By John Lavey | Hammock President and COO

I recently met with leaders of a healthcare company who told me they had been purchasing articles for their website from a large provider of medical content. But rather than improving their search engine results, the content kept scoring lower and lower. Upon analysis, we discovered that Google was penalizing the company’s site because its content appeared on numerous other sites. In other words, they had filled their site with duplicate content.

“Every time you see duct tape in the world, that’s a design opportunity. Why? Because that’s an indicator that something is broken. Something didn’t perform the way it is designed to. And there is an opportunity to improve it.” — Joe Gebbia, Airbnb

A Hammock team joined 42,287 of the “best and brightest minds in health and IT” at the HIMSS 2017 conference this week in Orlando. The mile-long exhibit floor featured eye-popping technology and next-gen innovations from 1,200 vendors, including Hammock clients Amplion and emids.

By John Lavey | Hammock President and COO

All parts of the marketing mix have their strengths: Data informs. Advertising connects. Content—done well—activates your audience. Engaging customers can be a worthy goal for content marketing. When it comes to lead generation content, though, you want to create an action. Those actions are more likely to occur when you take a sound process and approach to content, instead of merely lobbing content out into the wide blue internet.

By John Lavey | Hammock President and COO

As the healthcare industry awaits changes to the Affordable Care Act, Medicaid and Medicare, and as uncertainty looms about multiple healthcare laws and regulations, this is the time when true leaders emerge.

By John Lavey | Hammock President and COO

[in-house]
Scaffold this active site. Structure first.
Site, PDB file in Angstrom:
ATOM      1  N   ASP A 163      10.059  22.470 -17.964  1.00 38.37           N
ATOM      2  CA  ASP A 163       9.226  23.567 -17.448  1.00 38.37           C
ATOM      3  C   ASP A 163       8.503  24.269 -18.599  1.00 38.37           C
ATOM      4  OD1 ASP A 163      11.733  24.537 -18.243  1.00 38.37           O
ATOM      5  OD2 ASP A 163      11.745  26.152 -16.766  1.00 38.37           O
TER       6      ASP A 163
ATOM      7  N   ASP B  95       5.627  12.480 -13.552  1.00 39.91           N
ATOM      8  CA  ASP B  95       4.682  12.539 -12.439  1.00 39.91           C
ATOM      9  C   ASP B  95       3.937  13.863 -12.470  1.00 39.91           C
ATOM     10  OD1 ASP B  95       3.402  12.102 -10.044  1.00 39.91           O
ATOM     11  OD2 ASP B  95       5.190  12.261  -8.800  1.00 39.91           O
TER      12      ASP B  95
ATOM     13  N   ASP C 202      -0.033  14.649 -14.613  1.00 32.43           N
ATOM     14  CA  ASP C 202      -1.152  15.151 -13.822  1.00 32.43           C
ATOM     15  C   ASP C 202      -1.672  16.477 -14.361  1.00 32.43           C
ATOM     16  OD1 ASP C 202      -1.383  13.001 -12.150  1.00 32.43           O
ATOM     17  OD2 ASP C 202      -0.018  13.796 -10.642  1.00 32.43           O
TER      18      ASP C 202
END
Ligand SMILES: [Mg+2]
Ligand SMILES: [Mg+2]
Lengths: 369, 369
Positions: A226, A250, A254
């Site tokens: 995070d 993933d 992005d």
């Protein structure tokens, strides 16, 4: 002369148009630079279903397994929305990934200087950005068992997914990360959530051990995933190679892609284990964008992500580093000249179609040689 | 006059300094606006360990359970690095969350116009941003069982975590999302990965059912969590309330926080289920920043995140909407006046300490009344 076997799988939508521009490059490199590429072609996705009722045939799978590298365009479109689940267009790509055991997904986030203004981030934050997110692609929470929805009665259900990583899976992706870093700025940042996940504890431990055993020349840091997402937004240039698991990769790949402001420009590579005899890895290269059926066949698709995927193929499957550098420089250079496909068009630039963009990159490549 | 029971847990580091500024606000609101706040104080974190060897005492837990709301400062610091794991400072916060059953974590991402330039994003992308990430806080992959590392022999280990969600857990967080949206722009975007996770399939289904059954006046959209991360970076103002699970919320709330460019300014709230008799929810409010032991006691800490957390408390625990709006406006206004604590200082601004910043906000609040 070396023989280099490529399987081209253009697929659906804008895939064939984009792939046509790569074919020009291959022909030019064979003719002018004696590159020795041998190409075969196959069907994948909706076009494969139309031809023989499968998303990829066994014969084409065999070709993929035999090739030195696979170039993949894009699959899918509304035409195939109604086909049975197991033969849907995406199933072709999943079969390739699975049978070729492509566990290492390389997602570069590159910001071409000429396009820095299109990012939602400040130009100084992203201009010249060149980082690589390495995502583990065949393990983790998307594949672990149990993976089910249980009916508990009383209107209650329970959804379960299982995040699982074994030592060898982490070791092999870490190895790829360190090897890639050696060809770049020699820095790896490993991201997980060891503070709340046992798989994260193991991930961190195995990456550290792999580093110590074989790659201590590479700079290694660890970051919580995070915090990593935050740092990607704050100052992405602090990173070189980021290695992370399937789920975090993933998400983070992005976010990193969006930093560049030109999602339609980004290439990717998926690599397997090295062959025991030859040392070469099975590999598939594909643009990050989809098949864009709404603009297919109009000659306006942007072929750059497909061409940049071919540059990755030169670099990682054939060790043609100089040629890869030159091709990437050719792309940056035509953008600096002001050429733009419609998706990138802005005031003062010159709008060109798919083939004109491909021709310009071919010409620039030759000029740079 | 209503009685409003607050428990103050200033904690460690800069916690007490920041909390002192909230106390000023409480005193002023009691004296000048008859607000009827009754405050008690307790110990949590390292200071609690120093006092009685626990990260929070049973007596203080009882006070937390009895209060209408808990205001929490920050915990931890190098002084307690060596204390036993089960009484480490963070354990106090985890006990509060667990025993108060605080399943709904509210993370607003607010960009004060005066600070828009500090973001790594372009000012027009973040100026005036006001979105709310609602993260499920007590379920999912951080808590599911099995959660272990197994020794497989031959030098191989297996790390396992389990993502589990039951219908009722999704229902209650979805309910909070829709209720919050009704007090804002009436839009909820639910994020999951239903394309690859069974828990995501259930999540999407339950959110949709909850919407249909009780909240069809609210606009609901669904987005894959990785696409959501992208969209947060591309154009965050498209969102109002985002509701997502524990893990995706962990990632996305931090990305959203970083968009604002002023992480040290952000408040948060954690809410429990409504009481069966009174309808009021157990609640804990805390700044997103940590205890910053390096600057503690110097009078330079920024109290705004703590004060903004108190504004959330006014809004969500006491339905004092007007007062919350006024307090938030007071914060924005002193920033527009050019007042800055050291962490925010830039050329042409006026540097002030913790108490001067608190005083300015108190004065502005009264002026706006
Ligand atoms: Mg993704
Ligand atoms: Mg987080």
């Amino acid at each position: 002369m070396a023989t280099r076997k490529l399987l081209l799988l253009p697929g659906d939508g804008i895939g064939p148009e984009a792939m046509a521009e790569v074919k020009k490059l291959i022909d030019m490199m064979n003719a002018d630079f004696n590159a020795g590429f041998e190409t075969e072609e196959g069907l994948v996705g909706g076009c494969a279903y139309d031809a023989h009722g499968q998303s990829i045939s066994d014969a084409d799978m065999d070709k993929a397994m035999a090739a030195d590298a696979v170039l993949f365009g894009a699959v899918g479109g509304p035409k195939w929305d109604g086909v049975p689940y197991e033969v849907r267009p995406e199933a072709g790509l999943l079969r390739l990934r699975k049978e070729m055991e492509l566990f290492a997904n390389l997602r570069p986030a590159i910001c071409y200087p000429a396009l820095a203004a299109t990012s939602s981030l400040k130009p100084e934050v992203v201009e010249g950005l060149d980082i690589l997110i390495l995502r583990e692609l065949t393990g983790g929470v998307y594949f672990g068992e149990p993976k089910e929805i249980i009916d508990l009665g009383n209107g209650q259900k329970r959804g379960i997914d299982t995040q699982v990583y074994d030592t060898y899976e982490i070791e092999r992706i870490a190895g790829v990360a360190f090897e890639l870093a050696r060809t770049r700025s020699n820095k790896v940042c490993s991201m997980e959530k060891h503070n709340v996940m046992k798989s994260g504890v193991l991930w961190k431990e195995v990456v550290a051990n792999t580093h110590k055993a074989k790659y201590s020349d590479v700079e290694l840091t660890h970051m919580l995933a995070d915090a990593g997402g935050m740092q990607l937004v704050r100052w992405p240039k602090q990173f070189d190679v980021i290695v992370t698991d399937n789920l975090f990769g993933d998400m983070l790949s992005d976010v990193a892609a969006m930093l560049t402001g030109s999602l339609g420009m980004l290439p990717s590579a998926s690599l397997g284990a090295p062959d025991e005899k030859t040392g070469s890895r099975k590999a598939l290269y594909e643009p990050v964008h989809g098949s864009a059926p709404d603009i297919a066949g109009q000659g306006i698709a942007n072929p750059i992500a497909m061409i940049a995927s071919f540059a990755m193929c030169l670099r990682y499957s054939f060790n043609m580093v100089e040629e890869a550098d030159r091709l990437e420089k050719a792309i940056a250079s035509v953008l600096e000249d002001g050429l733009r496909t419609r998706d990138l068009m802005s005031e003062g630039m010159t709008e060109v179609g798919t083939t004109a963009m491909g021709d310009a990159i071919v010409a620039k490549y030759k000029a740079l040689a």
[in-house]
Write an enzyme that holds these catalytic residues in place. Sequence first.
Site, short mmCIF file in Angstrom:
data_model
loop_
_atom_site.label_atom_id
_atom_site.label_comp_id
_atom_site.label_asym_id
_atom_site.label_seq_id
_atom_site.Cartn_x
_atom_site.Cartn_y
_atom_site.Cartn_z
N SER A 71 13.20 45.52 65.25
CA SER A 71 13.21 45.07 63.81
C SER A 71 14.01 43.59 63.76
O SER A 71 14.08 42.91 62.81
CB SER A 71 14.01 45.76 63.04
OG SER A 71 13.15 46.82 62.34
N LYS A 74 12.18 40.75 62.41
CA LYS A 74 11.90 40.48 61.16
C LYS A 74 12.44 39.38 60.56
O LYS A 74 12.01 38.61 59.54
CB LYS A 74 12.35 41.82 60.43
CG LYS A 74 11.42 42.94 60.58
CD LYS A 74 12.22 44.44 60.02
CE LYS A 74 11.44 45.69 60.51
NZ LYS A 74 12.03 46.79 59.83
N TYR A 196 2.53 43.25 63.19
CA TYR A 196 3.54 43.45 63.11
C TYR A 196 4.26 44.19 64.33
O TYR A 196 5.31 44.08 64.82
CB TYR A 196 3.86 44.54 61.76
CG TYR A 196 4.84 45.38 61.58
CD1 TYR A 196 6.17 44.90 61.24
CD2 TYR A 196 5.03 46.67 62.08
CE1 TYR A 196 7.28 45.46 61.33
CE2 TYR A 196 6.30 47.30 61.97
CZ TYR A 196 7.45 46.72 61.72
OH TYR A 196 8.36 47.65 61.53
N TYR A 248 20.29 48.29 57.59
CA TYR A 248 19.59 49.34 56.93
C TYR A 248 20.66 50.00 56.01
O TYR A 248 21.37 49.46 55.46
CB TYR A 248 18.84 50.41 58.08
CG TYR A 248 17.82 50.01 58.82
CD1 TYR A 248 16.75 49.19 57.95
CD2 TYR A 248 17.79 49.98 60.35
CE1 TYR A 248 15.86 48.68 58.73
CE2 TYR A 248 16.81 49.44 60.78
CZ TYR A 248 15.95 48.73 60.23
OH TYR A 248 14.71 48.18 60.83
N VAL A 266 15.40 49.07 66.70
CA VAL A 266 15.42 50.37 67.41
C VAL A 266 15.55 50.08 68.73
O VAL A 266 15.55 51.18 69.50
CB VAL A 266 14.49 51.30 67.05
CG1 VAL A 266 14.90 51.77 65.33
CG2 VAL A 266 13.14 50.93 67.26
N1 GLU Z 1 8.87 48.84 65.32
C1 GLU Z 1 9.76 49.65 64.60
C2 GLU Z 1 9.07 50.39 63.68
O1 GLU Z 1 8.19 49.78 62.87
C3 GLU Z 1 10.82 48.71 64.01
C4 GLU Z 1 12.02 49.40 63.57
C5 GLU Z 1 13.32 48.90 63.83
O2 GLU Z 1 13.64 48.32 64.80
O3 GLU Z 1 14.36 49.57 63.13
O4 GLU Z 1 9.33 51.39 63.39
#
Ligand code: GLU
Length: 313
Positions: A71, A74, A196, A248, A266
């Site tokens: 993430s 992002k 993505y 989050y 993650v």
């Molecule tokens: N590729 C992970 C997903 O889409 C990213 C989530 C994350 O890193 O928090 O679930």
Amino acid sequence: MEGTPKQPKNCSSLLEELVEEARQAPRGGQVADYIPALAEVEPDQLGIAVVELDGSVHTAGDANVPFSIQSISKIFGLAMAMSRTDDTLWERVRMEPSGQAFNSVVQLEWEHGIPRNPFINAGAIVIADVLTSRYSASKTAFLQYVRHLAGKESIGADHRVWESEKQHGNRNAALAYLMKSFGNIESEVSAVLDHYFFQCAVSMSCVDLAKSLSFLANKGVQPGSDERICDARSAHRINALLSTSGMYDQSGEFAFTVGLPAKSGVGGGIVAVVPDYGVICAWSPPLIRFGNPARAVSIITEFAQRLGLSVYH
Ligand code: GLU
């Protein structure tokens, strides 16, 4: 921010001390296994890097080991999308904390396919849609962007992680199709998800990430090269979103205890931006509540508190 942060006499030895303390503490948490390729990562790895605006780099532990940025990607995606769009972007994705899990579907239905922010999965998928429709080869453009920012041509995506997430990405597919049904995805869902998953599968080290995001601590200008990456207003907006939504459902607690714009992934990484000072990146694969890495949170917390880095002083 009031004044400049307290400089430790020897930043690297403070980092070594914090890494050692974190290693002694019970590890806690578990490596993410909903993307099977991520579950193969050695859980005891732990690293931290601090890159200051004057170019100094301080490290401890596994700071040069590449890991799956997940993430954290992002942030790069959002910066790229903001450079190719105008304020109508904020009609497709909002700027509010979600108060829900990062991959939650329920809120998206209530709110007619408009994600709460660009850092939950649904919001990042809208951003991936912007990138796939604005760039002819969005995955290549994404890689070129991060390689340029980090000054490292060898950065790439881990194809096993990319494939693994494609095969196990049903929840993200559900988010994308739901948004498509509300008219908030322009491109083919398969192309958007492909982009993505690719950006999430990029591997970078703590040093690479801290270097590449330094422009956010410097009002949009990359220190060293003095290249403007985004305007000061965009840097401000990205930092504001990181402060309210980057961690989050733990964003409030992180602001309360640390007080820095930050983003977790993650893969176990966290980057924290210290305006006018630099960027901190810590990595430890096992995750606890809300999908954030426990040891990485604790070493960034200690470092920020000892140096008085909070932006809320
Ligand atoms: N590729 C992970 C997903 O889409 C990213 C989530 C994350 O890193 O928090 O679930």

Research shows that selling to healthcare providers typically involves long sales cycles and a growing number of decision-makers. For some companies, the weak link in their marketing message comes at the very beginning of the potential sales cycle, right where they need to make the strongest impression—when delivering presentation decks. That’s when you need to provide content that grabs your prospect’s attention and keeps the sale alive over a period of months.

By John Lavey | Hammock President and COO

It’s that introspective time of the year—that time when we make plans for how to do more and be better, both personally and professionally, in the New Year. With so much uncertainty facing the healthcare industry in the aftermath of the election—especially for companies with healthcare providers as customers—how can you be sure you are optimizing your content marketing and sales support approach?

By John Lavey | Hammock President and COO

I recently attended a business luncheon around the topic of disruptive technologies that are seeking to change the way we shop for or access healthcare. Whether it’s Google or Uber or many smaller firms, numerous companies without healthcare DNA are shaping the future of healthcare.

Michael Burcham, CEO of Narus Healthcare and moderator of the discussion, summed up the discussion with two pieces of advice for would-be disruptors: No. 1. Be very clear about what question you are answering, and No. 2: Make sure your solution connects to a smartphone.

By John Lavey | Hammock President and COO

I recently attended a conference in Nashville on healthcare consumerism. Some great brains—both inside and outside of the healthcare industry—came together to address one of the great challenges for our healthcare system: How do you change customer behavior?

How can we influence individuals to comply with doctor’s orders after a physician visit or discharge from the hospital? How can we encourage individuals to invest in their own health or wellness before they become sick? 

By John Lavey | Hammock President and COO

A recent HealthLeaders Media study on the buying behavior of hospital decision makers has a lot to say about the role of content.

Here are four key takeaways from the study: 

 

By John Lavey | Hammock President and COO

A few years ago, I presented at a conference for marketers who worked for gas and electric utility companies. Before the presentation, I researched customer attitudes about power utilities. The findings revealed high levels of dissatisfaction with the format of electric and gas utility bills. Customers were also frustrated with utility websites, particularly when accessing them through smartphones. They complained that they often couldn’t get answers to basic questions, such as: How much do I owe? When will someone work on the power outage on my street?